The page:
Being a CEO has absolutely nothing in common with running a government. Mr. Trump will find that out soon enough. New Hampshire had one not too long ago. He lasted one two-year term, and become the first governor in nearly 80 years to only serve one term.

    It’s a vastly different skill set.

  11. KM says:

    If this is what Dr. Carson really believes, why did he bother running for President? Obviously, if you don’t have the experience to run a Cabinet Department, you don’t have the experience to be President;

    Actually, this is a really good question. Trump reportedly was shocked at the extent of Presidential and White House work. The common perception of the President is Ultimate American Authority, not Bureaucrat in Chief like it was intended to be. Perhaps we need to educate the general public and prospective applicants of just what they are getting themselves into BEFORE the electoral circus starts.

    Come for the power, get stuck with the paperwork. It’s a hard job, one that takes a visible toll in a relatively short time. Heavy is the head beneath the crown and all that…..

  12. Just 'nutha ig'rant cracker says:

    @Jc: That’s the one! Had he won, that would have validated his call from the Lord and God would have given him the wisdom necessary to the task.

    In all seriousness though, I think the real problem is exactly what he described by saying “the last thing he would want to do was take a position that could cripple the presidency.” Given that he is to some degree or another driven by a moral compass, taking a position that would cripple the presidency as Secretary of HHS, is not a question of “if” but “when.”

  13. Gromitt Gunn says:

    @Jenos The Deplorable: Running a business and running a government require completely different skill sets.

    Business budgets are guidelines. Governmental budgets are legally binding documents that governments must live within.

    Businesses report their results to shareholders and creditors on a very macro level. Governments must give the suppliers of their funds (grantors, taxpayers) highly detailed and transparent accounting that explains how the funds were used and where they were used.

    Governments must submit not only to financial audits (are the books materially correct?) but to performance audits (are the funds be used effectively and efficiently to attain their intended objective?).

    Governmental and Non-for-Profit Accounting is considered difficult enough by the accounting profession in the US that it is taught as either a senior-level or a graduate-level course that only students that plan to take the CPA Exam are expected to take.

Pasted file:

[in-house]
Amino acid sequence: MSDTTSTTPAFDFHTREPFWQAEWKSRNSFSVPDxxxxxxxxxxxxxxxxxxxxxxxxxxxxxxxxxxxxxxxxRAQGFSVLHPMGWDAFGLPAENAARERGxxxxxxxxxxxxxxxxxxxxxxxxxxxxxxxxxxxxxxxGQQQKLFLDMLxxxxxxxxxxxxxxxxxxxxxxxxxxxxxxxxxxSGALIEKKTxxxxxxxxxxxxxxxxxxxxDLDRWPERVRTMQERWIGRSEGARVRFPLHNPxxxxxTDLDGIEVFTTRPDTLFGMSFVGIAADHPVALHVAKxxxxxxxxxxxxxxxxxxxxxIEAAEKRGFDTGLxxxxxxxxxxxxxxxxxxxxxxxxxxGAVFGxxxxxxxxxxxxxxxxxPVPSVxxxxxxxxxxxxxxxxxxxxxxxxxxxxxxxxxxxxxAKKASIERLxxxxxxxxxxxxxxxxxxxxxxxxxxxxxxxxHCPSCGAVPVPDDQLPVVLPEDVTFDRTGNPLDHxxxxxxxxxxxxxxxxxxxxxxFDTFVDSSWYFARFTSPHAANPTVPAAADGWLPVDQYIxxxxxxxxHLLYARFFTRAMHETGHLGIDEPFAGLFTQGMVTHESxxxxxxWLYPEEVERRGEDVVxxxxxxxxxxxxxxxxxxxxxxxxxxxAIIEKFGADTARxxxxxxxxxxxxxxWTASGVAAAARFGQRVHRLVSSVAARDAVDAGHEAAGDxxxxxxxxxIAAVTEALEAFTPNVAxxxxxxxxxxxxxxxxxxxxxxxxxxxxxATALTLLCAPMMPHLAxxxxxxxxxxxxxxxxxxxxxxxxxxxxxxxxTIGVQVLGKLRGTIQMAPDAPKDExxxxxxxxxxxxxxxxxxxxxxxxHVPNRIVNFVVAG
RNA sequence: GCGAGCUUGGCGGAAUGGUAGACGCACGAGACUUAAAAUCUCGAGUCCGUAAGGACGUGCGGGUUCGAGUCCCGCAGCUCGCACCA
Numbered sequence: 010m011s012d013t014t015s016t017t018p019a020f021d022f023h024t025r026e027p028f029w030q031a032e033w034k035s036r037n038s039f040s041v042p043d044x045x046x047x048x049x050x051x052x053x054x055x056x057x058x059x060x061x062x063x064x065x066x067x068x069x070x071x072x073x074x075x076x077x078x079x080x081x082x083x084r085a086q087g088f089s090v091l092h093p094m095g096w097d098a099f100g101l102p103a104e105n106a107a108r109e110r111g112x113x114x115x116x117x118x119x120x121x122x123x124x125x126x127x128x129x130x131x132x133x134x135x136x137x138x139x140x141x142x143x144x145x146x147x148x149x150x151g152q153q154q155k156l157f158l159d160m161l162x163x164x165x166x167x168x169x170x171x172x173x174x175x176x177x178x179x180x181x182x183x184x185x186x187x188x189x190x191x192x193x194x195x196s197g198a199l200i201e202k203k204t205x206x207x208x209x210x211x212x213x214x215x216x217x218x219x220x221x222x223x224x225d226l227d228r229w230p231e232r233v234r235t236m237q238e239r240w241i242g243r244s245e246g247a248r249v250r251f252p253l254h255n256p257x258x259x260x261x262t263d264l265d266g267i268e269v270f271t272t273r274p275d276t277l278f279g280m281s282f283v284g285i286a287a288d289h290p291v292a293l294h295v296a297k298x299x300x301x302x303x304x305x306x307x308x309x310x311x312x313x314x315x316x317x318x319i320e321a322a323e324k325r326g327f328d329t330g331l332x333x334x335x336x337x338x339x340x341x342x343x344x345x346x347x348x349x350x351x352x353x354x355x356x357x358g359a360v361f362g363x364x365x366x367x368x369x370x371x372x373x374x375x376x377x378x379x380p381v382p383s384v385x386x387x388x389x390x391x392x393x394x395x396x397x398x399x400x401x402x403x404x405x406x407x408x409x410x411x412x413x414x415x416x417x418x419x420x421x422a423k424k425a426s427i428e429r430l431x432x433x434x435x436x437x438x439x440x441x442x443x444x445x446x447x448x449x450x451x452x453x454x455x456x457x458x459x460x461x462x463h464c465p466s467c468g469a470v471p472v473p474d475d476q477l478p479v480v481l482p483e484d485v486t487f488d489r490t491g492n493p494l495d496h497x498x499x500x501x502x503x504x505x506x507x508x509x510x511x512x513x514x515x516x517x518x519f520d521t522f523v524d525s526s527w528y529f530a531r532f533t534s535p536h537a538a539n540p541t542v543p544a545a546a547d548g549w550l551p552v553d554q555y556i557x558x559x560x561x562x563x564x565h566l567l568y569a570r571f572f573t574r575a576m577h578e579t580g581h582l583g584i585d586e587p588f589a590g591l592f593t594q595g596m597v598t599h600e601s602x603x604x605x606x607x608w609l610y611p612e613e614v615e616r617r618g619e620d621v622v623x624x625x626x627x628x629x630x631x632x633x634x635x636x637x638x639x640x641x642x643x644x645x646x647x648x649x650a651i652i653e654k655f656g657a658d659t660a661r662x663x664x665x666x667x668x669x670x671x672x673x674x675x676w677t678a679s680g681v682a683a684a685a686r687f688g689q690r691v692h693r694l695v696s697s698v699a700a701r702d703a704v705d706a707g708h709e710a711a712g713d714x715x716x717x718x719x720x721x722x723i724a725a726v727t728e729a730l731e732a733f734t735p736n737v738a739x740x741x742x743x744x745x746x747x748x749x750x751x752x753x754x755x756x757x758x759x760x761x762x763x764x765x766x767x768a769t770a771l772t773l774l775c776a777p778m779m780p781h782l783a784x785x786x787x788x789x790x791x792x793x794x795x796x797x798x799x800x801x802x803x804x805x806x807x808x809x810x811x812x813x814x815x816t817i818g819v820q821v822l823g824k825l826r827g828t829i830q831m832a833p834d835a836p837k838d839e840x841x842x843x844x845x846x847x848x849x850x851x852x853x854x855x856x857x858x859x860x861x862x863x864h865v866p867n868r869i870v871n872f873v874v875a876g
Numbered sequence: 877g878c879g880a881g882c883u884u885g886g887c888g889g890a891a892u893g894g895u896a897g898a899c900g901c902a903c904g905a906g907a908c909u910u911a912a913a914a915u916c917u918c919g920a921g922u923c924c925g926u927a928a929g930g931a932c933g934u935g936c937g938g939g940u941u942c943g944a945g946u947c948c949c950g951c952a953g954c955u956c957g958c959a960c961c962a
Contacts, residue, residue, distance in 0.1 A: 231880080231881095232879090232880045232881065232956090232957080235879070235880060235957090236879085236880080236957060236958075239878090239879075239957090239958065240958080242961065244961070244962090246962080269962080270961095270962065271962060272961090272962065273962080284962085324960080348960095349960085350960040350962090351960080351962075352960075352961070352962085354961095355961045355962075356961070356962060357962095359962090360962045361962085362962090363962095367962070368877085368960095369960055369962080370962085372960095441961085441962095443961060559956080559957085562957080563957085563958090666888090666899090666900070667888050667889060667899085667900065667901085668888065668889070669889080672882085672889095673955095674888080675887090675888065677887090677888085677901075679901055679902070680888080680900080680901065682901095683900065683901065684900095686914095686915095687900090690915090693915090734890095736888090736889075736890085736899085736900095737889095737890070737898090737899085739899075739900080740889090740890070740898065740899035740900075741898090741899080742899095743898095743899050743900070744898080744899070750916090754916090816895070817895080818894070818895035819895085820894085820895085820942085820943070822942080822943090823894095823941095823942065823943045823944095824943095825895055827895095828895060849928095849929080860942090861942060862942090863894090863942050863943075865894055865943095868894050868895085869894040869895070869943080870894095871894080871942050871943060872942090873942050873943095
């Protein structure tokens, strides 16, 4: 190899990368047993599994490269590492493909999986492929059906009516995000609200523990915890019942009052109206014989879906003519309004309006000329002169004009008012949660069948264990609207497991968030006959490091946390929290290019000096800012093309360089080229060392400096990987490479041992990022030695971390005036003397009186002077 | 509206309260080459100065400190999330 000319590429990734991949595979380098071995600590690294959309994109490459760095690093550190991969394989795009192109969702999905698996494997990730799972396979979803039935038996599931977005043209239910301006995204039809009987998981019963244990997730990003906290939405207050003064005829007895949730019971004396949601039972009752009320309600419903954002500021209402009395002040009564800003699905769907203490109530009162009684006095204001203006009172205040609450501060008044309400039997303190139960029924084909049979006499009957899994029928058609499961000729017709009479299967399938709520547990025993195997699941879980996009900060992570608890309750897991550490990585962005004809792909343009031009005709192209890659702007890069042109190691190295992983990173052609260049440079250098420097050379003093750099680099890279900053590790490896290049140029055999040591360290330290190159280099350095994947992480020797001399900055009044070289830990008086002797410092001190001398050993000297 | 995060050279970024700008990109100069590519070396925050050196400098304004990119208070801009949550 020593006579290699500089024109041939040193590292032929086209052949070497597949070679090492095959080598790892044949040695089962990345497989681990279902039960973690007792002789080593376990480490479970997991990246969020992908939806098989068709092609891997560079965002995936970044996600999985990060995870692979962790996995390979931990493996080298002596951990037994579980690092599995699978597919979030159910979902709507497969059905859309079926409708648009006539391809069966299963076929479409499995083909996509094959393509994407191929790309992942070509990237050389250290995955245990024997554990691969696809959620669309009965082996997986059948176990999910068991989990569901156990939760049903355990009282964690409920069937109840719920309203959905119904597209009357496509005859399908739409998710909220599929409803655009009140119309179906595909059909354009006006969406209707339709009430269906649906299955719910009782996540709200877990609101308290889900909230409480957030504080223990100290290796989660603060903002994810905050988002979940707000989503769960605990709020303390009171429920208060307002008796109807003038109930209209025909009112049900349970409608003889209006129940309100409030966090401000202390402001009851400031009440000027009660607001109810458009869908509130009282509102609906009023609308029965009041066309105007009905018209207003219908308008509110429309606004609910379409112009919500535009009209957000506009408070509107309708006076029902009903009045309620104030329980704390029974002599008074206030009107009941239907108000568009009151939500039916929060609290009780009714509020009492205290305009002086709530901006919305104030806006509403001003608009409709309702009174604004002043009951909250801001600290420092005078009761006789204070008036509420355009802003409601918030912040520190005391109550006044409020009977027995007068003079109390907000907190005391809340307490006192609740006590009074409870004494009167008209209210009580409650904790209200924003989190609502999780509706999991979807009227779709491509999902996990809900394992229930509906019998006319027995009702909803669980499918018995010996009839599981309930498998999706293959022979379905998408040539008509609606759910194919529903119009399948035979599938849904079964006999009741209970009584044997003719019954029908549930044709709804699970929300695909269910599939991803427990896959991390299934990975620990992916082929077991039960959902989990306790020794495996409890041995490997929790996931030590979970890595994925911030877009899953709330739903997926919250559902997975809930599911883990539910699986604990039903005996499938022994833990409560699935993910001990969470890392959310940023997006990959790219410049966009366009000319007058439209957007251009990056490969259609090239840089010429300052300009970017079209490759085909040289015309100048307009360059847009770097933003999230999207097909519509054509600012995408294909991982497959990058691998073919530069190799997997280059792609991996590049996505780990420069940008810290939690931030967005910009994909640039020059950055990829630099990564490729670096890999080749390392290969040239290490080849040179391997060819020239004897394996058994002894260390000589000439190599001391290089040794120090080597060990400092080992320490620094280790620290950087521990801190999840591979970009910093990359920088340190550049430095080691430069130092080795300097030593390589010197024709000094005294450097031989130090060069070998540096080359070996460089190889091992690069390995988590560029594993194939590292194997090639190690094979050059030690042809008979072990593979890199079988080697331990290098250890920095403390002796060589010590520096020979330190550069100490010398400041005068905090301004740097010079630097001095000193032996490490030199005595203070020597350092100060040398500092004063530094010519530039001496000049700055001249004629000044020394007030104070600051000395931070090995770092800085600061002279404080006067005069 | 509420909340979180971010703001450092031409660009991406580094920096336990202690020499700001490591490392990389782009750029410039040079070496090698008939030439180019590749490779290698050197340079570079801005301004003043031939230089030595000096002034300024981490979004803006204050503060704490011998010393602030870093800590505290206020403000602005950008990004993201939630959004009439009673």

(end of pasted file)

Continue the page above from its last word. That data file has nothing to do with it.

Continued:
Most of the provisions related to internal control and transparency that were adopted as part of the Sarbanes-Oxley Act as a response to the accounting scandals of Enron, WorldCom, and others were based on best practices that the GAO had implemented years earlier and applied to both the Federal Government and any other entity that took in enough federal funds to be subject to the Yellow Book.

    Finally, Business Administration and Public Administration are considered different enough that they are taught and researched by entirely different areas within academia that generally are not even considered part of the same academic divisions.

    Electing a CEO to run your government because he understands business comes from the same misguided place as asserting that the federal budget needs to be balanced because a household budget needs to be balanced.

  14. An Interested Party says:

    Oh come now, it won’t be so bad having such an illustrious businessman as president…with all of his fabulous skills, he won’t have any problem stiffing so many of America’s creditors…hey, it’s all business, you know…

  15. Grumpy Realist says:

    @Jenos The Deplorable: Trump also managed to bankrupt a casino. A CASINO. Do you have any idea how hard that is?

    (And fugghetabaht Trump’s excuses about his failures about it being due to the general collapse in the economy. People were warning him about the failure modes of his Atlantic City venture even before the casinos were built. Which of course he promptly ignored.)

  16. pylon says:

    Jenos: The available evidence is that Trump is a failure as a businessman. His bankruptcies are a matter of public record. His successes are not in evidence other than his own self-serving descriptions, which he has admitted are made up in his own head. He constantly misrepresents gross revenues as net income in his statements. He adds “publicity” as a bottom line asset when talking about how much a deal was worth. I guess a tax return would help clear things up. But we will never see those.

    What he’s good at is avoiding personal responsibility. Most businessmen whose companies go bankrupt and who have guaranteed the debt go bankrupt themselves. Stiffed a contractor? Why, it was the contractor’s fault – his work wasn’t good. Watch his fraud trial – he will say it wasn’t his fault when staff overpromised.